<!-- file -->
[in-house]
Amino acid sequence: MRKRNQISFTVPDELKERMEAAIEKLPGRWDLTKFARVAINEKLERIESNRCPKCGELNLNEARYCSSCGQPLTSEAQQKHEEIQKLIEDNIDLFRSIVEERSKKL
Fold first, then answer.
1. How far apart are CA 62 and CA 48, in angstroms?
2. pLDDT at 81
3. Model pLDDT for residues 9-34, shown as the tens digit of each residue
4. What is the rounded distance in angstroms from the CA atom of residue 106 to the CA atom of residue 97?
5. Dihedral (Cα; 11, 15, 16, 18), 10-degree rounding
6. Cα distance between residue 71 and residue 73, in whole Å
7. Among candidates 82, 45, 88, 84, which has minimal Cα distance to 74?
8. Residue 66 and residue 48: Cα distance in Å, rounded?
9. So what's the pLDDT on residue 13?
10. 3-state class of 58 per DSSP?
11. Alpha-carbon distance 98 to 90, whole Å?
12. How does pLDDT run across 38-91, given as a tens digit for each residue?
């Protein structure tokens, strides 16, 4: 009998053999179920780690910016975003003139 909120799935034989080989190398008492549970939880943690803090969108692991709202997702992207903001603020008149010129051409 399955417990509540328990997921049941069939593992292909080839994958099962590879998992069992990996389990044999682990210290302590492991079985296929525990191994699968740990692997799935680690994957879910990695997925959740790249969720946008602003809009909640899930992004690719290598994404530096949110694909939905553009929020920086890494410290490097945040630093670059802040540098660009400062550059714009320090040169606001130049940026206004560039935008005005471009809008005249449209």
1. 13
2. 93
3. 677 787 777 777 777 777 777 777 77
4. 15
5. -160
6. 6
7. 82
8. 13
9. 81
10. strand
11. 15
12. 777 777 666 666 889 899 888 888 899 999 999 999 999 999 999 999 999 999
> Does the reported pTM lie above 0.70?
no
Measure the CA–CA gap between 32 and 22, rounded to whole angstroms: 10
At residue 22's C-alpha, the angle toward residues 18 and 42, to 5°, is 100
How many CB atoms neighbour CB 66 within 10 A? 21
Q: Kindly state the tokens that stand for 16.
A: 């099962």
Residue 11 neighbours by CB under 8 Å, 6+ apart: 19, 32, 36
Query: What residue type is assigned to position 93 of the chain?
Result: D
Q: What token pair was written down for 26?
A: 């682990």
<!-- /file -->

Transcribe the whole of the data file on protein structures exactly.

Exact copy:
[in-house]
Amino acid sequence: MRKRNQISFTVPDELKERMEAAIEKLPGRWDLTKFARVAINEKLERIESNRCPKCGELNLNEARYCSSCGQPLTSEAQQKHEEIQKLIEDNIDLFRSIVEERSKKL
Fold first, then answer.
1. How far apart are CA 62 and CA 48, in angstroms?
2. pLDDT at 81
3. Model pLDDT for residues 9-34, shown as the tens digit of each residue
4. What is the rounded distance in angstroms from the CA atom of residue 106 to the CA atom of residue 97?
5. Dihedral (Cα; 11, 15, 16, 18), 10-degree rounding
6. Cα distance between residue 71 and residue 73, in whole Å
7. Among candidates 82, 45, 88, 84, which has minimal Cα distance to 74?
8. Residue 66 and residue 48: Cα distance in Å, rounded?
9. So what's the pLDDT on residue 13?
10. 3-state class of 58 per DSSP?
11. Alpha-carbon distance 98 to 90, whole Å?
12. How does pLDDT run across 38-91, given as a tens digit for each residue?
């Protein structure tokens, strides 16, 4: 009998053999179920780690910016975003003139 909120799935034989080989190398008492549970939880943690803090969108692991709202997702992207903001603020008149010129051409 399955417990509540328990997921049941069939593992292909080839994958099962590879998992069992990996389990044999682990210290302590492991079985296929525990191994699968740990692997799935680690994957879910990695997925959740790249969720946008602003809009909640899930992004690719290598994404530096949110694909939905553009929020920086890494410290490097945040630093670059802040540098660009400062550059714009320090040169606001130049940026206004560039935008005005471009809008005249449209």
1. 13
2. 93
3. 677 787 777 777 777 777 777 777 77
4. 15
5. -160
6. 6
7. 82
8. 13
9. 81
10. strand
11. 15
12. 777 777 666 666 889 899 888 888 899 999 999 999 999 999 999 999 999 999
> Does the reported pTM lie above 0.70?
no
Measure the CA–CA gap between 32 and 22, rounded to whole angstroms: 10
At residue 22's C-alpha, the angle toward residues 18 and 42, to 5°, is 100
How many CB atoms neighbour CB 66 within 10 A? 21
Q: Kindly state the tokens that stand for 16.
A: 């099962």
Residue 11 neighbours by CB under 8 Å, 6+ apart: 19, 32, 36
Query: What residue type is assigned to position 93 of the chain?
Result: D
Q: What token pair was written down for 26?
A: 């682990």